By Elia Kazan
Stein and Day, 1962. 191 pages.
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America America is a 1963 film based on a book of the same name written, directed and produced by Academy Award-winning Greek-American film director Elia Kazan (Gr: Ηλίας Καζαντζόγλου). The story is set during the 1896 Hamidian Massacres and inspired by the life of Kazan's uncle Abraham Elia Kazan.
The central character is Stavros Topouzoglou (Stathis Giallelis), a 20 year old Greek who lives near Mount Argaeus (Tr: Erciyes Dağı) in the Cappadocia region of Asia Minor. A depiction of the Cappadocian cave dwellings of Greeks and Armenians is seen in the film. Disillusioned by being a subject of the Turks, Stavros begins to dream of a new life, in America. After witnessing the wholesale burning of Armenians in their churches, Stavros feels that Greeks will be next and his dream to leave Turkey soon turns into an obsession. His family eventually decides that their only hope for a better life is to leave their hometown and move to the capital Constantinople. They entrust Stavros with all the family's wealth to travel the long journey to Constantinople to work in the carpet business of his father's cousin. While Stavros does eventually make it to Constantinople and later America, he encounters many adventures and set backs along the way. View the opening scene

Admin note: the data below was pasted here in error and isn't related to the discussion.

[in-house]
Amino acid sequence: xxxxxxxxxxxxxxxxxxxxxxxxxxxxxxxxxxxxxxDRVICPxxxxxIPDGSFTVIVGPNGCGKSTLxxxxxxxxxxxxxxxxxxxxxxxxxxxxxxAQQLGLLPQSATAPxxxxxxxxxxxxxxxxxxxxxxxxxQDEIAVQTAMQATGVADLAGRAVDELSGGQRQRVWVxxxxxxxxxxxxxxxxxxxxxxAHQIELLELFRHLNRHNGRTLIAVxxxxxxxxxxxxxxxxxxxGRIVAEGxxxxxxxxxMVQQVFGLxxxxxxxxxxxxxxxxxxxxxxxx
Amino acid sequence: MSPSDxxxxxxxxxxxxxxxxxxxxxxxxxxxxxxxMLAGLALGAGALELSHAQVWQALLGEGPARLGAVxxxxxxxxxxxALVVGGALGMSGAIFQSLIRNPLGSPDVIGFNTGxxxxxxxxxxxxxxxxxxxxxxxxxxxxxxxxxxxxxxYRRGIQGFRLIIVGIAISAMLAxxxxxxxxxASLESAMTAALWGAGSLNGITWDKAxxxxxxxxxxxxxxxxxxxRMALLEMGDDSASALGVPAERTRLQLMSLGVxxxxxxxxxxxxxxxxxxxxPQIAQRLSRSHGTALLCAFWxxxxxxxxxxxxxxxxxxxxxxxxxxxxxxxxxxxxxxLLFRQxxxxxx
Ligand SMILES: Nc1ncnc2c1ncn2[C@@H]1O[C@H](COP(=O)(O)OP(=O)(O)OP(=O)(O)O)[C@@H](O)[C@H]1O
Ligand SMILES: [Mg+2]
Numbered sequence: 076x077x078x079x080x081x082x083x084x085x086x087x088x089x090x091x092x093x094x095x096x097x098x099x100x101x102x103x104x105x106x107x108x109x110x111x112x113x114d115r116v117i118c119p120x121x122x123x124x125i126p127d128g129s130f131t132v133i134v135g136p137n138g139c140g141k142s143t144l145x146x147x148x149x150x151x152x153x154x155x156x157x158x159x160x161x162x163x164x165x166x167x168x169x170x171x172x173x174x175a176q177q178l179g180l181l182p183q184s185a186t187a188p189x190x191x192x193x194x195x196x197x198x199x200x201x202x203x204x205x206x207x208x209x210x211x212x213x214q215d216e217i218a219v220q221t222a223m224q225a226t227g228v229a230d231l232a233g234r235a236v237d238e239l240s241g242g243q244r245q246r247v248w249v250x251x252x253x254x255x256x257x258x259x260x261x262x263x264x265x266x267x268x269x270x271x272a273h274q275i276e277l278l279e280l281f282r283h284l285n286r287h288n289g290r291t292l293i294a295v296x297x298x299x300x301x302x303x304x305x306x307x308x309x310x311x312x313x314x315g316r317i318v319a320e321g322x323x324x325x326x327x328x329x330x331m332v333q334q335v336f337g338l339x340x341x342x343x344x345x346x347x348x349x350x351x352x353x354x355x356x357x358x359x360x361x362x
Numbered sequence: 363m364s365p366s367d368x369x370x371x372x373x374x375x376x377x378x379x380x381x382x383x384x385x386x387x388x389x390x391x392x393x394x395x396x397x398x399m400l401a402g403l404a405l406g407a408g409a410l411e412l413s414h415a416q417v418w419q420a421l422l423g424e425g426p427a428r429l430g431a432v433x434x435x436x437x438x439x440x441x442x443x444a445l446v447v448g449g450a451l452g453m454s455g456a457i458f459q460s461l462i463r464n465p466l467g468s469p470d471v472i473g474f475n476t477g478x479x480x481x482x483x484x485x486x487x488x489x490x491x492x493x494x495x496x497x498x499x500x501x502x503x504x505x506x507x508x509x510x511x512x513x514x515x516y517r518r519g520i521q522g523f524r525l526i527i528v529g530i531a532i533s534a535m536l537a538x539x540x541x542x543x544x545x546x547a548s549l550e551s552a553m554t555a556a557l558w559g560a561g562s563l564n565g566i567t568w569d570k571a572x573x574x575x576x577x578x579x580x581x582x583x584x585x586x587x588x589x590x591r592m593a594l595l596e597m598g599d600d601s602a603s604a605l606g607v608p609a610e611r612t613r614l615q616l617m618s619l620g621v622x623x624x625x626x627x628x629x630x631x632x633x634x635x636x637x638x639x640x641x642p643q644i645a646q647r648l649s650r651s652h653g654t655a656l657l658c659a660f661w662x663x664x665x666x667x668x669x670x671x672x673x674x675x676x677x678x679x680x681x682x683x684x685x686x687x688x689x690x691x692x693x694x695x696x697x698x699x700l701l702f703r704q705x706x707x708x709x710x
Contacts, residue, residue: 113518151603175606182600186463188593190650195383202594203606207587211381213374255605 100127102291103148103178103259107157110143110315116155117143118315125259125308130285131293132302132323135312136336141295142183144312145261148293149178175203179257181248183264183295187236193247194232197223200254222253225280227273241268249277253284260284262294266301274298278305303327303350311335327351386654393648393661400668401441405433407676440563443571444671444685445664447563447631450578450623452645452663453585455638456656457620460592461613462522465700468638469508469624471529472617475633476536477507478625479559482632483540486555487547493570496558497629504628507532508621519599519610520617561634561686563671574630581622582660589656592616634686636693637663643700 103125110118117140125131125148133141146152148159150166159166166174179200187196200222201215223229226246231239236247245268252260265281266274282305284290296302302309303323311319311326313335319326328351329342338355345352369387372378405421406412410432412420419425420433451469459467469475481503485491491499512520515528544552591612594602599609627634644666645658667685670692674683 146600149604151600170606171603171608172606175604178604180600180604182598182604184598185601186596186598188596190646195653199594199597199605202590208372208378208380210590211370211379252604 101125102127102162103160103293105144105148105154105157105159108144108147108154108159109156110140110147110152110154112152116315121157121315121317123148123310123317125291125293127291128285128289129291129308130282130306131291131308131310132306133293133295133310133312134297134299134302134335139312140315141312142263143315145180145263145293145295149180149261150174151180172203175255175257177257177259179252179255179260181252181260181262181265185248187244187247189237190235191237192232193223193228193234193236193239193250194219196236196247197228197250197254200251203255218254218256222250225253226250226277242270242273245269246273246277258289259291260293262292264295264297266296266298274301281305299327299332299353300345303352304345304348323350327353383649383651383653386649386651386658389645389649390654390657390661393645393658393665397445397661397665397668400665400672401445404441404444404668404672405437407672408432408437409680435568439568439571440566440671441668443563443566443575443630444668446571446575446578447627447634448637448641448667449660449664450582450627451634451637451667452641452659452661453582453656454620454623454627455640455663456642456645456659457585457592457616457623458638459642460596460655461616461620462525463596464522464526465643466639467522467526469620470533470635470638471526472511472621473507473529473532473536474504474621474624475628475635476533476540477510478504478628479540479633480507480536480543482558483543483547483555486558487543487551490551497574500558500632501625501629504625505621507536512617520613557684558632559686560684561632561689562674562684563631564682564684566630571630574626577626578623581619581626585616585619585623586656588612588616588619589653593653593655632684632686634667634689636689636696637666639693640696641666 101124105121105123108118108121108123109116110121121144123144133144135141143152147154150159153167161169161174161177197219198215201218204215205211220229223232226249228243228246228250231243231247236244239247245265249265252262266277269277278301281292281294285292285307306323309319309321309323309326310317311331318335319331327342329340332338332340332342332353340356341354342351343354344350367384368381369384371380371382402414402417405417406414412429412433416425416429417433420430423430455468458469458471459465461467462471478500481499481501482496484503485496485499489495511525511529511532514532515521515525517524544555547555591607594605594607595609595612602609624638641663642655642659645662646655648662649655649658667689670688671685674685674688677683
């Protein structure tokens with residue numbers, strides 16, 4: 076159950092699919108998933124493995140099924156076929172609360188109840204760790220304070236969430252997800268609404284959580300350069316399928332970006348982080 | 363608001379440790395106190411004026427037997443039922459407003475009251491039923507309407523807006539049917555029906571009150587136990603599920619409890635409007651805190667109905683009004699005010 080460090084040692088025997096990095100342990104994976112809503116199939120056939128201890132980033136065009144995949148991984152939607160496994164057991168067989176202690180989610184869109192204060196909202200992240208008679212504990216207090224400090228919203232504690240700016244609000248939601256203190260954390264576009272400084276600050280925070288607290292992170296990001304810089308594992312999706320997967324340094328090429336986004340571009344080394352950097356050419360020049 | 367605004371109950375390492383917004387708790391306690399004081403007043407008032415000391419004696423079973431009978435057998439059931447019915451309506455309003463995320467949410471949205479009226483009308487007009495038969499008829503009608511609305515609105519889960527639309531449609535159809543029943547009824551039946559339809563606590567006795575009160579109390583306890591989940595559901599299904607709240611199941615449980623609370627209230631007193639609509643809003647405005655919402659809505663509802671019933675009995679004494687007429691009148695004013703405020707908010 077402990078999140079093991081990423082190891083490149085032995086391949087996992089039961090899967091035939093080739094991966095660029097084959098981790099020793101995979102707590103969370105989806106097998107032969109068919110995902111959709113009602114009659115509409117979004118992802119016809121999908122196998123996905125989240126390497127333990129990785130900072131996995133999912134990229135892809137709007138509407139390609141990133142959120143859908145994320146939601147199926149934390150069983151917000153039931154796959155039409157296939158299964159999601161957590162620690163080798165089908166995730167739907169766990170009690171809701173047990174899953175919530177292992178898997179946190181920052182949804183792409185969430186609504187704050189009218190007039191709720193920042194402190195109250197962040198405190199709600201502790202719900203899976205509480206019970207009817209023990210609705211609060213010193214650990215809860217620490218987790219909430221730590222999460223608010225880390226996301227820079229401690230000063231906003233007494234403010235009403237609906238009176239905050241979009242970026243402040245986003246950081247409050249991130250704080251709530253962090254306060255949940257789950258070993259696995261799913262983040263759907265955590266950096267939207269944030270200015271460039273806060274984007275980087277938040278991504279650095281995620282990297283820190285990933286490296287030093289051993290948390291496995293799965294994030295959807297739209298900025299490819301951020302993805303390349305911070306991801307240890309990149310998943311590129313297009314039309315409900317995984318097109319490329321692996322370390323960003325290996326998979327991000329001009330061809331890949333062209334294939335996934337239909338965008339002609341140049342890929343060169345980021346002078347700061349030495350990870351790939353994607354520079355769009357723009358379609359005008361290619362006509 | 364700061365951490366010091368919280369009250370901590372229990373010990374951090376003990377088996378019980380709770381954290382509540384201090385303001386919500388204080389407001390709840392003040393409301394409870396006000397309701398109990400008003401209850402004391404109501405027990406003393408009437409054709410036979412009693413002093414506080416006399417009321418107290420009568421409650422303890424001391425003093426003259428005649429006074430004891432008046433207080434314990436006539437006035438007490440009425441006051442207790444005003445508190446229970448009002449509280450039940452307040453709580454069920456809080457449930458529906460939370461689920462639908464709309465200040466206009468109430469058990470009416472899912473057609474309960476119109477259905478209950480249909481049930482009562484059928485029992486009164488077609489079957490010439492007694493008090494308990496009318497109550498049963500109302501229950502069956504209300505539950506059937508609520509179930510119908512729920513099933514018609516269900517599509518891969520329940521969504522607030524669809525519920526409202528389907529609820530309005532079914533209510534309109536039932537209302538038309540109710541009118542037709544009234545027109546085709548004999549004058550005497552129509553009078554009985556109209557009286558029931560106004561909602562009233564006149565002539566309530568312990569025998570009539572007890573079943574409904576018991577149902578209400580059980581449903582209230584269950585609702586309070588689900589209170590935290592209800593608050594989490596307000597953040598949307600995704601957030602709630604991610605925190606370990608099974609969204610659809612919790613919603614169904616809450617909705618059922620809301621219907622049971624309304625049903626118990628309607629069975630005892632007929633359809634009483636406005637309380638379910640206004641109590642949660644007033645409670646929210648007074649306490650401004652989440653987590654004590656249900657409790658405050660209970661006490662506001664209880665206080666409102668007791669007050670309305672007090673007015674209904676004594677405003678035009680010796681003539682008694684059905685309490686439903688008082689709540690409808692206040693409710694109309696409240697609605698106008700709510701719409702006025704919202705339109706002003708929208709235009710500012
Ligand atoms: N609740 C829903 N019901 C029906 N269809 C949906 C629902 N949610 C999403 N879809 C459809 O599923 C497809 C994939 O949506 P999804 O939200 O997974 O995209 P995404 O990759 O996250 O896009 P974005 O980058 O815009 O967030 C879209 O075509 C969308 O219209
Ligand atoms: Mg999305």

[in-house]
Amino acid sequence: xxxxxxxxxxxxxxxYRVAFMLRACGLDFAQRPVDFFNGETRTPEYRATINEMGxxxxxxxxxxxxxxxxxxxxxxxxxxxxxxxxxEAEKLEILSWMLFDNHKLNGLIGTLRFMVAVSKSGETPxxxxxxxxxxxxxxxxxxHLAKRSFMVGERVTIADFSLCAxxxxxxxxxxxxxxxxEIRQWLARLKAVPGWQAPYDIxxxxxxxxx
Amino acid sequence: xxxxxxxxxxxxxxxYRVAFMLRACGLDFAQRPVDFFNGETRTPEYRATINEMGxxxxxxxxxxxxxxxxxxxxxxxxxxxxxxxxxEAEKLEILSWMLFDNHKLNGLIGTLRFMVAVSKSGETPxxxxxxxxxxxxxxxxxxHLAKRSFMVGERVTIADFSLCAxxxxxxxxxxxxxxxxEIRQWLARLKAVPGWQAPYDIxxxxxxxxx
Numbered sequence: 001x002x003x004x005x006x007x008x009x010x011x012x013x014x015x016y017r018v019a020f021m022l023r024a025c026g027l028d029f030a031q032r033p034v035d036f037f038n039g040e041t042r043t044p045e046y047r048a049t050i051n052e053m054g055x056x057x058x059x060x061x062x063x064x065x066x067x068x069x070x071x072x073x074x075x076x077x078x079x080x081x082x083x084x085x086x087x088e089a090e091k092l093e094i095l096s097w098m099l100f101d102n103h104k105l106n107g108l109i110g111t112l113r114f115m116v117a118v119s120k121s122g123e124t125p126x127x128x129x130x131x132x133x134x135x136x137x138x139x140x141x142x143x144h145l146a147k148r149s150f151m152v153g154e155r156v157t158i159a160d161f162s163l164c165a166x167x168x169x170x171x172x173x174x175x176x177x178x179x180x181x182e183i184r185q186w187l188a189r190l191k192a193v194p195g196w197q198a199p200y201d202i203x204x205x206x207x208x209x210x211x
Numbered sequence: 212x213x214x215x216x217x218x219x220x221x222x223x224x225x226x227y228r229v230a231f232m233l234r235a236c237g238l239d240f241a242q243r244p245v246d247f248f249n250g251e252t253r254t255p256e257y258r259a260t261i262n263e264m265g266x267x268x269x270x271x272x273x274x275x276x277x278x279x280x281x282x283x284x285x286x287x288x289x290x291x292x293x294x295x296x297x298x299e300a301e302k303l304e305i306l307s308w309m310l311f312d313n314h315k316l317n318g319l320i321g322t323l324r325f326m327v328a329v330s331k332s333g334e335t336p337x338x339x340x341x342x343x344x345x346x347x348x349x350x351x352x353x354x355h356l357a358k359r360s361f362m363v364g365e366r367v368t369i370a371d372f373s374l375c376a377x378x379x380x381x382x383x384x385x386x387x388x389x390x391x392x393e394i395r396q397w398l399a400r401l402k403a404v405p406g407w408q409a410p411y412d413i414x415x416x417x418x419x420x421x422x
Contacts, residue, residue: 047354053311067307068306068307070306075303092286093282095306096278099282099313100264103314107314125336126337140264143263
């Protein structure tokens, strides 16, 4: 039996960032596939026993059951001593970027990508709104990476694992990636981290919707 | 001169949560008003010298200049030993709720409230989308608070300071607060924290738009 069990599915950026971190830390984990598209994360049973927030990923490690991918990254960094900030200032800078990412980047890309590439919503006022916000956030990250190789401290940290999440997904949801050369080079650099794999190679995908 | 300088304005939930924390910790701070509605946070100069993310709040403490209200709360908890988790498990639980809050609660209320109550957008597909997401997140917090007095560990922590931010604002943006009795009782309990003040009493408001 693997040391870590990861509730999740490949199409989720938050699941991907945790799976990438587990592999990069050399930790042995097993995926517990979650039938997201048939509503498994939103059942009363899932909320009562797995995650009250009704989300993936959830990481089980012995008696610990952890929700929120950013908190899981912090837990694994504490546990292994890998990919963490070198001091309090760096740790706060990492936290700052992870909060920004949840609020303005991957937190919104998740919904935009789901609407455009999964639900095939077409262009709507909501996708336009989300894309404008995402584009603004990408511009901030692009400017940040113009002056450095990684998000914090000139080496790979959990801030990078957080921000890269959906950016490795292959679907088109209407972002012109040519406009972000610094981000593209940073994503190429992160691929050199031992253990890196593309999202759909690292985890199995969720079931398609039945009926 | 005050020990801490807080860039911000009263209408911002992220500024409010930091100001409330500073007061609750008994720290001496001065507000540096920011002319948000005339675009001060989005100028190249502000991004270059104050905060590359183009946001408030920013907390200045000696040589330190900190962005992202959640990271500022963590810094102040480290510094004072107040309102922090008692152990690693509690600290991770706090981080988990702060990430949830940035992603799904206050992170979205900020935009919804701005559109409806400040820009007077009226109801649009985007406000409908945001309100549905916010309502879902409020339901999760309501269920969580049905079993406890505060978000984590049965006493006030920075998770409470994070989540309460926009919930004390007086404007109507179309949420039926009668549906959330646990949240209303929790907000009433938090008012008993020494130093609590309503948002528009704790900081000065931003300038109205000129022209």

In the introduction to the novel, American playwright Samuel Behrman draws an analogy between Stavros' life and that of his own parents. He writes:
I was myself born in this country, but my parents and my older brothers were immigrants from Memel, where they had lived in the nightmare of Czarist persecution. I had, as a child in Worcester, Massachusetts, questioned my parents about their migration here but I could never find out much. I have brooded endlessly, trying to thread the dark corridors of what their lives must have been before they came here. When I saw, early in Mr. Kazan's manuscript, the Turkish soldiers setting fire to the Church in which the terrified Greeks and Armenians are huddled praying for salvation against the flames that were about to devour their sanctuary, I knew what my parents must have felt. i have encountered since, in my European travels - in England and in Italy and in post-war Germany - the hunger of people to come to America, but this desire emanates from a hope of economic improvement. But for Stavros' people - as for my own - it was a matter of life and death.